The Pros and Cons of Prenuptial Agreements
Marriage is a declaration of love and commitment to your partner, but it’s also a legal agreement. When you get married, you have certain responsibilities to your spouse.
New York is an “equitable distribution state.” That means marital property must be divided equitably and fairly when a couple divorces—but it doesn’t necessarily mean assets will be split equally.
A prenuptial agreement can help protect your assets after you get married. Read on to learn the pros and cons of prenuptial agreements.
What Is a Prenuptial Agreement?
Also called a prenuptial contract or “prenup,” a prenuptial agreement is a contract between two future spouses. It’s often drawn up by a family law attorney and spells out how property will be divided after a couple divorces or if one spouse dies.
In New York, a prenuptial agreement must be drafted before a couple gets married, and it goes into effect as soon as they marry. The agreement must be in writing and signed by both spouses before a notary public. Oral agreements and unsigned agreements are not legally valid.
Who Should Get a Prenuptial Agreement?
We tend to think of rich people and celebrities getting prenuptial agreements, but people of modest means can benefit from having one.
Even if you don’t consider yourself wealthy, it’s impossible to know how your life might change over the years. A prenuptial agreement can protect any assets you acquire during your marriage if you and your spouse get divorced down the line.
There are other considerations. If you’re a single parent, a prenuptial agreement can help you protect your child’s inheritance or personal savings if you and your future spouse eventually divorce. It can also be helpful if you want to keep certain assets separate, like a family home or business.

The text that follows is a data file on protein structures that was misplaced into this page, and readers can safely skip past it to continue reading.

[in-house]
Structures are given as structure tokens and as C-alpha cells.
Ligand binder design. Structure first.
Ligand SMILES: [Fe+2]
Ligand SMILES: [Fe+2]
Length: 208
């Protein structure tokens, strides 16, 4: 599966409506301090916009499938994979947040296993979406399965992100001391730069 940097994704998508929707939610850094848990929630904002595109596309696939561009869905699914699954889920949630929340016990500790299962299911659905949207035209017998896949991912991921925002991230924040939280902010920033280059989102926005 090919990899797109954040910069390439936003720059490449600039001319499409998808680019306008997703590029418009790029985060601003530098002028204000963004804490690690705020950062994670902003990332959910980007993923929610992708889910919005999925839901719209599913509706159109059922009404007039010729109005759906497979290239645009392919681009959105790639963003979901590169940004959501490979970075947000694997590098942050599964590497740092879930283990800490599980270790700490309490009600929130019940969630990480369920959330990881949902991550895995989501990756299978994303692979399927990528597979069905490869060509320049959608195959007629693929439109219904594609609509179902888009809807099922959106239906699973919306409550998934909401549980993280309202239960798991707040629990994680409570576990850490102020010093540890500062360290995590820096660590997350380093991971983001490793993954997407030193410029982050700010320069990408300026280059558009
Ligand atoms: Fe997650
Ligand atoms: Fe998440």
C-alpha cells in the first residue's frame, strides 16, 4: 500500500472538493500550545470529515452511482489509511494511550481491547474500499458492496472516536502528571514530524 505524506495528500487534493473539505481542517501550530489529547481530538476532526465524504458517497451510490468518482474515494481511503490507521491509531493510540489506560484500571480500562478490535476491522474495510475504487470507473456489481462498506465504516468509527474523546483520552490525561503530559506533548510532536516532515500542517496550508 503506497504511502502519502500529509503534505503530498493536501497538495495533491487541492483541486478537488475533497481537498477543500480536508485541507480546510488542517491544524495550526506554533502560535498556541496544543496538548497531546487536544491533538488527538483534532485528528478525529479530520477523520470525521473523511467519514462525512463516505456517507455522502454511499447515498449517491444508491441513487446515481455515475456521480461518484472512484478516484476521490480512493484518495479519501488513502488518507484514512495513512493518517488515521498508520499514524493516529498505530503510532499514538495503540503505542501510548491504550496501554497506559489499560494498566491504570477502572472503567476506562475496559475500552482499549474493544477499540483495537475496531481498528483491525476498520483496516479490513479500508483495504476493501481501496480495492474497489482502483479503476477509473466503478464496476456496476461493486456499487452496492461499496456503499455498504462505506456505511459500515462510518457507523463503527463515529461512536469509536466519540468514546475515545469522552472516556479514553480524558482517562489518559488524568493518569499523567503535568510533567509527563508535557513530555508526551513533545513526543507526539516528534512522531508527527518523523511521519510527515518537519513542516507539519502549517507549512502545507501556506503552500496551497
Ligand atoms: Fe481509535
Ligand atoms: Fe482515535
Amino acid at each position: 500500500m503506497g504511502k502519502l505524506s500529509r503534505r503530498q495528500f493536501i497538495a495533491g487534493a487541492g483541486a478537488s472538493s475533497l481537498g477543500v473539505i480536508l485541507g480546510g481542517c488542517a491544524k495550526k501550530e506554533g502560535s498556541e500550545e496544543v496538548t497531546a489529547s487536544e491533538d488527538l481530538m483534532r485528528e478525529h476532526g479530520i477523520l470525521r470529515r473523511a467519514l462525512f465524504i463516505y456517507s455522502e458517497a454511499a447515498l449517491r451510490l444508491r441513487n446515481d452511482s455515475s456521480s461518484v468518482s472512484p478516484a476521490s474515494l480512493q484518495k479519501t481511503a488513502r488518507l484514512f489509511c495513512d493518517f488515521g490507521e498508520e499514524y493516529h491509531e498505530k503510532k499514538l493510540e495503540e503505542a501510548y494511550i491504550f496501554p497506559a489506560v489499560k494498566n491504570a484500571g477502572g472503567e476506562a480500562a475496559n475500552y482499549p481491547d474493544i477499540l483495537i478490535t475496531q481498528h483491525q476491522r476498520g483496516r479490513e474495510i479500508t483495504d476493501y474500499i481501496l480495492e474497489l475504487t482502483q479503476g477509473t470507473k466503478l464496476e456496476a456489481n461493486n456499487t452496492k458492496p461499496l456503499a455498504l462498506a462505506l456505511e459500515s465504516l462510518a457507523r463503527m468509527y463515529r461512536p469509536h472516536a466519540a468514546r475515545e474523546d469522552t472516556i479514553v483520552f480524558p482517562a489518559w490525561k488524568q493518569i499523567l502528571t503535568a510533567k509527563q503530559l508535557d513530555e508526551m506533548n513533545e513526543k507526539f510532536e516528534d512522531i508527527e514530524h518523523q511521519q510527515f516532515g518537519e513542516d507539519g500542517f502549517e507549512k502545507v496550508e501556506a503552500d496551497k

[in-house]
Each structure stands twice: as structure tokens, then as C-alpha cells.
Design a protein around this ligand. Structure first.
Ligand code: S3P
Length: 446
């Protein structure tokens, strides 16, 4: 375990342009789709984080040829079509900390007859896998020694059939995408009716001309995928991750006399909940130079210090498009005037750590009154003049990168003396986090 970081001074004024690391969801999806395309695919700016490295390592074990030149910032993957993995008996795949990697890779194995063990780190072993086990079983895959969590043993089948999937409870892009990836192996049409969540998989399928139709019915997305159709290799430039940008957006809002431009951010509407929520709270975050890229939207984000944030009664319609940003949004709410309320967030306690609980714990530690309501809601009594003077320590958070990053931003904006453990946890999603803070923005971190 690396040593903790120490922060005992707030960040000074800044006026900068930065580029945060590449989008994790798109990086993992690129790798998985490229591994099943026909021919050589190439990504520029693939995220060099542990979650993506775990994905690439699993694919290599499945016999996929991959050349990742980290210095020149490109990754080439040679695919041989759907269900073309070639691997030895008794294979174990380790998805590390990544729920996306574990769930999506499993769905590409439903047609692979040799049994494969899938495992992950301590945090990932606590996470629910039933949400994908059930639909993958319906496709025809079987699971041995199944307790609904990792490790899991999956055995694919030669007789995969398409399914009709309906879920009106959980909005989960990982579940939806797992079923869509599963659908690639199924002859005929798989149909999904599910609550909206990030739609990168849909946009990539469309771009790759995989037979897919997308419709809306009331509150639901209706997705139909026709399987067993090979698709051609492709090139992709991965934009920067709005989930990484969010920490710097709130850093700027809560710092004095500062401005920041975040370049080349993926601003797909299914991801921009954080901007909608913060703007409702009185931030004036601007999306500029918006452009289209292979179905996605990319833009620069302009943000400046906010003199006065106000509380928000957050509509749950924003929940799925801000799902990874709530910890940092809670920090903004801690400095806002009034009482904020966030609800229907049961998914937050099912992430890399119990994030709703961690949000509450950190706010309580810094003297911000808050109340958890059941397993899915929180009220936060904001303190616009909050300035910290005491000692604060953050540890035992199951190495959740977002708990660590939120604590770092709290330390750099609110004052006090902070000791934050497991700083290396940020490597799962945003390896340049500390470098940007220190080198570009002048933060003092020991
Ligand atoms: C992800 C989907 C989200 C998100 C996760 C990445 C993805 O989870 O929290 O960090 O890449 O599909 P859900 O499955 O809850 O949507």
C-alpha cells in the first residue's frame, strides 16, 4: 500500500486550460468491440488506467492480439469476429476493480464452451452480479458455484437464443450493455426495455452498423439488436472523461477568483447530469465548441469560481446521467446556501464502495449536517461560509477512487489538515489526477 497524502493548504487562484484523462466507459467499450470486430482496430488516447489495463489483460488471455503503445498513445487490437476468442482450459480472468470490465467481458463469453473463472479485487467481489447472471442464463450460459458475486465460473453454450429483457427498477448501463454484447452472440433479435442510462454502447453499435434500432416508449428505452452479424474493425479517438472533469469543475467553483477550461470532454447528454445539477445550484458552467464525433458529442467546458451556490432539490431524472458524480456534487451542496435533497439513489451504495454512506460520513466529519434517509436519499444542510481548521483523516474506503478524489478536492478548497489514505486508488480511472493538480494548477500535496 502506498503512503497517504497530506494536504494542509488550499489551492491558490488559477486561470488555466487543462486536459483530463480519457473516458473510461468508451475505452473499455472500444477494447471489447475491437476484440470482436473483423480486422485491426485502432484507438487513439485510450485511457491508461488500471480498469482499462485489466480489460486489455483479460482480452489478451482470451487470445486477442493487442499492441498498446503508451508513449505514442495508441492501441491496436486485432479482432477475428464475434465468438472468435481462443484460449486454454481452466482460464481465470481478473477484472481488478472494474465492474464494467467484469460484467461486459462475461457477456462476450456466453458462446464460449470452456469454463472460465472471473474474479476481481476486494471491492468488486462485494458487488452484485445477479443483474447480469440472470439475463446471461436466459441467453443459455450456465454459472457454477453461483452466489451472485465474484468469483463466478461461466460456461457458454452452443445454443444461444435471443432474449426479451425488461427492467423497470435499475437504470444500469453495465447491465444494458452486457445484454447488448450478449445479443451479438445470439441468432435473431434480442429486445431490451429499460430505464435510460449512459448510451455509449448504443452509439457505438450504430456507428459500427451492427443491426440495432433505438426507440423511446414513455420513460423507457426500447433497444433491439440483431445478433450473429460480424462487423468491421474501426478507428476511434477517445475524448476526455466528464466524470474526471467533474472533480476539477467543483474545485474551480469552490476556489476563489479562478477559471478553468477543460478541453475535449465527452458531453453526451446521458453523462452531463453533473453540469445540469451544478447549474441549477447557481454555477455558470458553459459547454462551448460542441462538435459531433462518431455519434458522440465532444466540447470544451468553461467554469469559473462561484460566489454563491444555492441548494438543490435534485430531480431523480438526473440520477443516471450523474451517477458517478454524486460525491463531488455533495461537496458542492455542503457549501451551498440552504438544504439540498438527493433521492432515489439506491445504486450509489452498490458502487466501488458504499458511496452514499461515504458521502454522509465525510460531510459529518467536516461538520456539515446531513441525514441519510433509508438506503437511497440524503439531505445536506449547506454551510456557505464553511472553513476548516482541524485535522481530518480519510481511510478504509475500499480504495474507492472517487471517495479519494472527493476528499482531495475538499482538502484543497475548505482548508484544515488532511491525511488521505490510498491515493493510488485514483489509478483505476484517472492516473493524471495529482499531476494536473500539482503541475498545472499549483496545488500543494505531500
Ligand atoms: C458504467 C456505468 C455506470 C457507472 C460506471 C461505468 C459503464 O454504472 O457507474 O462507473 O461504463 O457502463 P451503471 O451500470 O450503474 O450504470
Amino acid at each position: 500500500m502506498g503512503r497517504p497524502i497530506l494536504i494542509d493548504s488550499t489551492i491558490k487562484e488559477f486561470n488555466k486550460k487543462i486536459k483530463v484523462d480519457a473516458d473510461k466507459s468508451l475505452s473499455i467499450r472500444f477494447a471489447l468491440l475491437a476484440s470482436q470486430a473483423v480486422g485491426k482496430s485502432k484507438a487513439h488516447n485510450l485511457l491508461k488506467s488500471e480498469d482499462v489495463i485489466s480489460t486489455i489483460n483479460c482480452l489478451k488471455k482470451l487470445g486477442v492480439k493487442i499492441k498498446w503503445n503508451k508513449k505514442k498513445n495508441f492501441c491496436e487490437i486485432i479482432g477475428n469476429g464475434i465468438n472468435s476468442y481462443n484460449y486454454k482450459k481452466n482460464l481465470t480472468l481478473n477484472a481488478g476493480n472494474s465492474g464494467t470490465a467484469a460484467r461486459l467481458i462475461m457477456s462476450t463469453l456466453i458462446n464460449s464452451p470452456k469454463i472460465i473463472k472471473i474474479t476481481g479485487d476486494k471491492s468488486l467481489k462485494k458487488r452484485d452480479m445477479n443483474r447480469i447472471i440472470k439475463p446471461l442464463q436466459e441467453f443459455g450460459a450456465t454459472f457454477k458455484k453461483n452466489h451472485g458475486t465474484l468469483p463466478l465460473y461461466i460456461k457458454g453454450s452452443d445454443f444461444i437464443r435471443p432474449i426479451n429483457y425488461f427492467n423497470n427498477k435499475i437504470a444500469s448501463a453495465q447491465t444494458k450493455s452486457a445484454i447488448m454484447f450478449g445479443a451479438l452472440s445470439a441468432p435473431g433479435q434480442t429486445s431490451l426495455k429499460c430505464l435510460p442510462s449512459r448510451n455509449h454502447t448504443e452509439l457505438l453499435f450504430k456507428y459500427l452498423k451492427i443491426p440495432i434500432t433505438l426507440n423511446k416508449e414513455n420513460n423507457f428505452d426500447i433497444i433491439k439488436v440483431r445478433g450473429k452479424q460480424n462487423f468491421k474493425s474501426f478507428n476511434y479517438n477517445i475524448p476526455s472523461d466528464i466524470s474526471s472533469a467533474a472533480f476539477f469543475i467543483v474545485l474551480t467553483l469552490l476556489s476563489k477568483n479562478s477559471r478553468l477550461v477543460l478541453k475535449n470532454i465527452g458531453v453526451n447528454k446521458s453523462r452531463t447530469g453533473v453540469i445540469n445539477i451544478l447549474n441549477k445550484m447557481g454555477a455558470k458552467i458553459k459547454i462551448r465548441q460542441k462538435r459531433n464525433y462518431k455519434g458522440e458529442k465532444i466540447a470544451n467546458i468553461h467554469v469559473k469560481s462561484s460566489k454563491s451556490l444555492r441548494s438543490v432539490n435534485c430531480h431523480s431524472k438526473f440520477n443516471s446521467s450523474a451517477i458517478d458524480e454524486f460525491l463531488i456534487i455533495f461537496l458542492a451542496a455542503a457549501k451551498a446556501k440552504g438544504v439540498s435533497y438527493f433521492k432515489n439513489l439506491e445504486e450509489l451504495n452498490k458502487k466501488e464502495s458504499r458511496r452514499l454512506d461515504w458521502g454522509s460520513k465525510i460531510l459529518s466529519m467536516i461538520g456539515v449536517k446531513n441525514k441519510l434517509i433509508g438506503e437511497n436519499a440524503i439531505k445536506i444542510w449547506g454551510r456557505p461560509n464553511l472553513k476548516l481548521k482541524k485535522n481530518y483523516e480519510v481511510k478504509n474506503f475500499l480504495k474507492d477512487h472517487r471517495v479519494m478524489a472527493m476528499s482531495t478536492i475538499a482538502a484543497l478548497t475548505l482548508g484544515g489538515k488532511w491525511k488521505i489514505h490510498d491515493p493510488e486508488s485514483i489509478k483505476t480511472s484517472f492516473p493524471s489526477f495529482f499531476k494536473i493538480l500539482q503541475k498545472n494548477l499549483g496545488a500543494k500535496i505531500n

If you don’t have a prenuptial agreement, the court gets to decide how to divide property after you die or if you divorce.
Pros of Prenuptial Agreements
Prenuptial agreements can be customized to your specific needs and situation. They can be beneficial if:
• You have substantial wealth and want to protect it.
• You want to protect the inheritance rights of children and grandchildren from a previous marriage.
• You have a business or professional practice and want to protect it if you divorce.
• Your future spouse has significant debt (a prenuptial agreement can protect you from responsibility for that debt).
• You want to outline the details of decision-making and responsibility sharing before you get married.
• You want to limit how much spousal support you must provide after a divorce.
Cons of Prenuptial Agreements
There are also disadvantages to having a prenuptial agreement:
• Some people find prenuptial agreements distasteful and worry that such an agreement creates a sense of distrust before a marriage even begins.
• If you’re a low- or no-wage earner, a prenuptial agreement might make it difficult to sustain your lifestyle after divorce.
• You might give up your right to inherit your spouse’s estate when they die.
• You might compromise on something in the prenuptial agreement that creates a burden or financial hardship down the line.
• If you contribute to the success and growth of your spouse’s business, you may not be able to claim a share of that increase in value.
In short, a prenuptial agreement has advantages and drawbacks. It can do more than protect assets. It can also protect kids and grandkids from a previous marriage and help outline how decisions are made and each spouse’s responsibilities during marriage.
Prenuptial agreements often have a silver lining: They encourage future spouses to discuss expectations before they get married. This can help prevent disagreements about hot-button issues like finances that often lead to divorce.
Get Professional Help When Drafting a Prenuptial Agreement
Prenuptial agreements aren’t one-size-fits-all. They can and should be customized for your situation. The experienced family law attorneys at Joseph A. Ledwidge P.C. will work with you to draft and review a prenuptial agreement that satisfies the needs and wishes of you and your future spouse.
Contact us online or by phone at 718-276-6656 to arrange a no-obligation consultation with an experienced New York family law attorney. We serve clients throughout the New York metro area, including Queens, NY; Jamaica, NY; and Brooklyn, NY.
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